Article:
In addition, you should add healthy fats and oils to your diet. These include the MUFA's or mono unsaturated fatty acids. Some dermatologists believe that consuming MUFA's every day will reduce wrinkles. These fats include olive oil, nuts and nut oils, avocados, fatty fish like tuna and salmon, and fish oil. These oils all contain a substantial amount of calories, of course, so don't overdo it. However, consuming a few teaspoons of these oils every day will work wonders on your skin.

Use Rubber Gloves When Cleaning or Washing Dishes

Whenever you get your body wet in the winter, you need to take steps to protect your skin, if possible, and replenish your hand or body moisturizer, afterwards. For example, if you are washing dishes or cleaning, you should wear rubber gloves. After you have completed the task, rub a little moisturizer onto your hands and massage it in.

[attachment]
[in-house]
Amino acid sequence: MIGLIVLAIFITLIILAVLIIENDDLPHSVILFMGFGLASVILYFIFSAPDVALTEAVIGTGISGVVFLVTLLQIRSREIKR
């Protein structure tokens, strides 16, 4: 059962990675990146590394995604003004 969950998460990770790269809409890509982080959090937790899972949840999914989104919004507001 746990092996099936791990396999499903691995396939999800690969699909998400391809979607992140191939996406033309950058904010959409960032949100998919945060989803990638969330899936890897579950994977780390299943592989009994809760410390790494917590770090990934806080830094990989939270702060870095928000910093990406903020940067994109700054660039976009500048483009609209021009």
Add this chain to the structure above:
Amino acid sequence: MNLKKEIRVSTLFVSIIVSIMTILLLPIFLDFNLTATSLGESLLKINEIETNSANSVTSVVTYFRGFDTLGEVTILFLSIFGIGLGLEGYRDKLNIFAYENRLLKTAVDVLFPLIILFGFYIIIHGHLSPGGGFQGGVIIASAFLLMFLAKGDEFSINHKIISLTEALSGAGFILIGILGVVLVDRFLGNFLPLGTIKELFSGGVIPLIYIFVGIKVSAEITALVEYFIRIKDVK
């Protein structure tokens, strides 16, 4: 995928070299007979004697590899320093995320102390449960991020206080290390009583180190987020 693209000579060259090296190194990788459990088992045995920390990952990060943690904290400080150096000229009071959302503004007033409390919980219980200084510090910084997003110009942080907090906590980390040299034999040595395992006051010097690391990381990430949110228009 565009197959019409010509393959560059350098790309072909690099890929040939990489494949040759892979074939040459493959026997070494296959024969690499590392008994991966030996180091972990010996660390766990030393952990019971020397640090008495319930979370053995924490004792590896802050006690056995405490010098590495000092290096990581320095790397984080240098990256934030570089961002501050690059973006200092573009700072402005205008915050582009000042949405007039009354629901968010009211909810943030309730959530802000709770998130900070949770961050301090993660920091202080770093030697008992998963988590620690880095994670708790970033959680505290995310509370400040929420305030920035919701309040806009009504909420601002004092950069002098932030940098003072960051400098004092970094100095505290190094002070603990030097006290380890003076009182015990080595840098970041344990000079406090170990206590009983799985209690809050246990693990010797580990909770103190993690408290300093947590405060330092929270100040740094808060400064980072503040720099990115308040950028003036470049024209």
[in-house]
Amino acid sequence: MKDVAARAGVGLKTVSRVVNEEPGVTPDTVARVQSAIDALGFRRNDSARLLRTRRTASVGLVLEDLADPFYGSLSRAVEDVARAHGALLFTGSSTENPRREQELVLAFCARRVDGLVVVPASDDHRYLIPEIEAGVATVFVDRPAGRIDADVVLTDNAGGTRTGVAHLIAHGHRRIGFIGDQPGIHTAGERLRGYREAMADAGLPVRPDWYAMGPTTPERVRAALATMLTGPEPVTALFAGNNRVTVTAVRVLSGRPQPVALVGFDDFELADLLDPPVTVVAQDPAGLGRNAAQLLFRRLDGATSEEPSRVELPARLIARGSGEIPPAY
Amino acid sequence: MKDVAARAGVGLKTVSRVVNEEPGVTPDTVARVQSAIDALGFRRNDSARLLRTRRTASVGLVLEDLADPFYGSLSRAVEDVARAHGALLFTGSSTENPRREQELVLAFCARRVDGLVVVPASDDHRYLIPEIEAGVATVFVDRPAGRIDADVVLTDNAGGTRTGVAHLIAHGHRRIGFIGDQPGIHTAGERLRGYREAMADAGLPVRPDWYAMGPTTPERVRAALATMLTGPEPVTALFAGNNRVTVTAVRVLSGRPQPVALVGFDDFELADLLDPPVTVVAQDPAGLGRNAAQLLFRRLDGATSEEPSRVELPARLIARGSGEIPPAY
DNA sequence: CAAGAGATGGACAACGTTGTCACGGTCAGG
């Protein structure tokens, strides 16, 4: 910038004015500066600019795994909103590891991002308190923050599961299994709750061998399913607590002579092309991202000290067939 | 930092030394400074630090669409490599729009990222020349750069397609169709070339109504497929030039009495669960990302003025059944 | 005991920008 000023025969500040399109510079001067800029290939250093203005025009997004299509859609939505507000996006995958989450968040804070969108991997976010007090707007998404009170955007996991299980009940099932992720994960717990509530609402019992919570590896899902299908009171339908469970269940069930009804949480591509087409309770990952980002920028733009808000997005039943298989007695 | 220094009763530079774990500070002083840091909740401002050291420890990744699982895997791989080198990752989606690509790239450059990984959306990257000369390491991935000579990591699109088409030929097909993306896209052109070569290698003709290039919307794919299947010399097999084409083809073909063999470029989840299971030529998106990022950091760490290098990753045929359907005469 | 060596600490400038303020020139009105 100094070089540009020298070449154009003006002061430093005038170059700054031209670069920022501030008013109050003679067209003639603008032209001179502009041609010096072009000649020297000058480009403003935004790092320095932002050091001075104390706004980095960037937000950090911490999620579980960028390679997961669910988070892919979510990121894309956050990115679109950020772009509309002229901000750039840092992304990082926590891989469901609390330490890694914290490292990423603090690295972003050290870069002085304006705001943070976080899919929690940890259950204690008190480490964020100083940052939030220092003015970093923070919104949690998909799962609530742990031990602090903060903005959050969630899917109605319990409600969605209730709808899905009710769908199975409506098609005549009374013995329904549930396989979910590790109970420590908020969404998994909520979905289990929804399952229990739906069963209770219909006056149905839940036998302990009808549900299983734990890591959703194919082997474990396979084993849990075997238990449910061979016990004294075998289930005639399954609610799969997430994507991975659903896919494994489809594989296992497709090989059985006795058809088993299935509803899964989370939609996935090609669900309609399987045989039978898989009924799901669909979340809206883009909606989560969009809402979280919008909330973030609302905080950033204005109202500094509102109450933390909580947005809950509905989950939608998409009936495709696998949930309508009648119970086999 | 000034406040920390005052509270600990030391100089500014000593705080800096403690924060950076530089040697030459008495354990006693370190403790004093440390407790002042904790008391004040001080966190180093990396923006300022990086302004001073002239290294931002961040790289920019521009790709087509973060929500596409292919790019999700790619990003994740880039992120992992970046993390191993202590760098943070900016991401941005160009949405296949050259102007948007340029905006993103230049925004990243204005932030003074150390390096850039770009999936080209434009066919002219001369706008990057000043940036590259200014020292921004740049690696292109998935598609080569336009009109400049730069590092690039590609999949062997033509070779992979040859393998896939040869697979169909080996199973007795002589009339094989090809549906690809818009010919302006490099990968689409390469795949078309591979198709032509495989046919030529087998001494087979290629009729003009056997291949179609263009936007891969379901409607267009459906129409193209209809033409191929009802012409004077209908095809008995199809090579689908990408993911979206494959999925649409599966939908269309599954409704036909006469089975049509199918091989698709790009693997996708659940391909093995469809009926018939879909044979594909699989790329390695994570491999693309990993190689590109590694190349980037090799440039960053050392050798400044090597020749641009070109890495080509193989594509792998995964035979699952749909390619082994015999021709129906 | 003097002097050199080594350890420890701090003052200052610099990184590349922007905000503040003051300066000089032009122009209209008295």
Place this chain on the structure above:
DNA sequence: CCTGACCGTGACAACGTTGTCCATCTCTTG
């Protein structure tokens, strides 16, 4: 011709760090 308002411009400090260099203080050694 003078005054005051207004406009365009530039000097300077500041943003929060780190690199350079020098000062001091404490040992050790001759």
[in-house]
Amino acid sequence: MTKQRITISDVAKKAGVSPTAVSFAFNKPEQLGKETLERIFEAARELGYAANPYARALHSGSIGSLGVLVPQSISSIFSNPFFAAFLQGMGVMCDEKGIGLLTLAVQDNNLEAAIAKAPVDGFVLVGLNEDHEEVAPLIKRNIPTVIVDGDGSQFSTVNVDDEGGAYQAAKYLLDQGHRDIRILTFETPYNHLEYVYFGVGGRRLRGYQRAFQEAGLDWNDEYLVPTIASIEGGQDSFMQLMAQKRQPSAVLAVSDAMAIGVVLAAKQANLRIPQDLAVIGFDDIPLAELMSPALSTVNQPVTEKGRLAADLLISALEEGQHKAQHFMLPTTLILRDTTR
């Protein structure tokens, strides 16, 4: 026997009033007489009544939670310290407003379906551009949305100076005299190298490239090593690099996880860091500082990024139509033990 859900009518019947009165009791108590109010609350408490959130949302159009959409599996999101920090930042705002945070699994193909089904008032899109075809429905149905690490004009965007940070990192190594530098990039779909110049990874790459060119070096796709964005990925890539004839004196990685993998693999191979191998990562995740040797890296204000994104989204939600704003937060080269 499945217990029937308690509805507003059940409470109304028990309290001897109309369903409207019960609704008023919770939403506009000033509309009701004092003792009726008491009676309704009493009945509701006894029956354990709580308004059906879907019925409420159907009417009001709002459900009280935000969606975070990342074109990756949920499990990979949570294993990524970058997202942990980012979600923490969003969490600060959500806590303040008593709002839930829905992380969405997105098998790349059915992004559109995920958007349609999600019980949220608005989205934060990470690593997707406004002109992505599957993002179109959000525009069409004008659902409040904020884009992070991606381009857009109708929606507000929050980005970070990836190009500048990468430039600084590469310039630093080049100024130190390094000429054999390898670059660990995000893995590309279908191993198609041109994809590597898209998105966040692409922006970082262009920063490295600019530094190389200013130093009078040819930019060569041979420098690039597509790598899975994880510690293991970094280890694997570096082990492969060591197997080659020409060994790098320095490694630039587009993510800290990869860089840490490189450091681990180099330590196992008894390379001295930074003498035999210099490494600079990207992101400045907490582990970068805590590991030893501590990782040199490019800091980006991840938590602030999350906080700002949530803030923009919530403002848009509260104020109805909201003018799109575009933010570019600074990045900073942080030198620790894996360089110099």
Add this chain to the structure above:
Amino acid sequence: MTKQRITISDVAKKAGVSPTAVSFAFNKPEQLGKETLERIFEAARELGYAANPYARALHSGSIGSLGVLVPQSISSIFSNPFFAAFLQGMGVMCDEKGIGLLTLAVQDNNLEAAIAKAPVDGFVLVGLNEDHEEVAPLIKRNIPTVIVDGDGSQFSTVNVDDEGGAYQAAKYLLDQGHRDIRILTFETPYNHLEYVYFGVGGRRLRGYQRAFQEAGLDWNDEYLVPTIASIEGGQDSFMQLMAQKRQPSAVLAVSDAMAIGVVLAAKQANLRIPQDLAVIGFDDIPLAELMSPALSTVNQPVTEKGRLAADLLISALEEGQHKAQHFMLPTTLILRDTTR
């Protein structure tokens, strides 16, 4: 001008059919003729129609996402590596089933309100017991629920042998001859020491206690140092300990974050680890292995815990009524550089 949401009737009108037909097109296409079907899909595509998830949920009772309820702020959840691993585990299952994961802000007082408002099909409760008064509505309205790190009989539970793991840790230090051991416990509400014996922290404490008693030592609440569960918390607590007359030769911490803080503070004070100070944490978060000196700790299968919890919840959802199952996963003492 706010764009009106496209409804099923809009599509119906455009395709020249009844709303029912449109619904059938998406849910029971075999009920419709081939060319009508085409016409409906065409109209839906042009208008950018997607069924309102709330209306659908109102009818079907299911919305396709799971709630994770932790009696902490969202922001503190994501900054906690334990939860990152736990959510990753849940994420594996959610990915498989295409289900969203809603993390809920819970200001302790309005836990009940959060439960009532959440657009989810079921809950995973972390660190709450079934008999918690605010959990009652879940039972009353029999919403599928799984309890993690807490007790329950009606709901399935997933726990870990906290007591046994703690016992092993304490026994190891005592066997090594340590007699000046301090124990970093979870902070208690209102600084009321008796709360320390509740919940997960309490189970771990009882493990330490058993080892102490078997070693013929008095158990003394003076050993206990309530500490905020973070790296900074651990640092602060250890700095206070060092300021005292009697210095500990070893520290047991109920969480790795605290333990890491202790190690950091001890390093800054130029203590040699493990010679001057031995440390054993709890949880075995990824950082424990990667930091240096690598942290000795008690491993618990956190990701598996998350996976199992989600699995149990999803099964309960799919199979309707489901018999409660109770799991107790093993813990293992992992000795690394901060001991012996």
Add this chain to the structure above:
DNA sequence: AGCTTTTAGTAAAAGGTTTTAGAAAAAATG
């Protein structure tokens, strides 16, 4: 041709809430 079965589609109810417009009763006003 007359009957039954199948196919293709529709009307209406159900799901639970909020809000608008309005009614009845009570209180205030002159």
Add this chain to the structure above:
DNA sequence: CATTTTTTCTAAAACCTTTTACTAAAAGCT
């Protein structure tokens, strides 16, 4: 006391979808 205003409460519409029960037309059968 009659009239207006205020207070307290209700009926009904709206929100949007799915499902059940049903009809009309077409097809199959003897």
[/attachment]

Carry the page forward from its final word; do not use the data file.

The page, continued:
Use Moisturizing Body Wash When You Bathe or Shower

When bathing in the winter, avoid water that is excessively hot. Use a gentle soap or body wash that contains moisturizers. In addition, I also make my own bath oil that I add to the water. I mix light olive oil, and sometimes jojoba oil, with a drop or two of my favorite perfume. I keep this mixture in a little squeeze bottle, and squirt a bit into the bath water. The oils, along with the moisturizing body wash that I use, helps to keep my skin feeling soft and moisturized even after a warm bath. There are commercial bath oils that you may also find helpful.

Wear Gloves Outdoors

The skin on your hands can become chapped and dry very quickly if they are exposed to cold windy outdoor weather. Whenever you need to be outside in the winter, be sure to wear gloves. Again, once you are back inside, rub a little moisturizer onto your hands.

More Dry Skin Remedies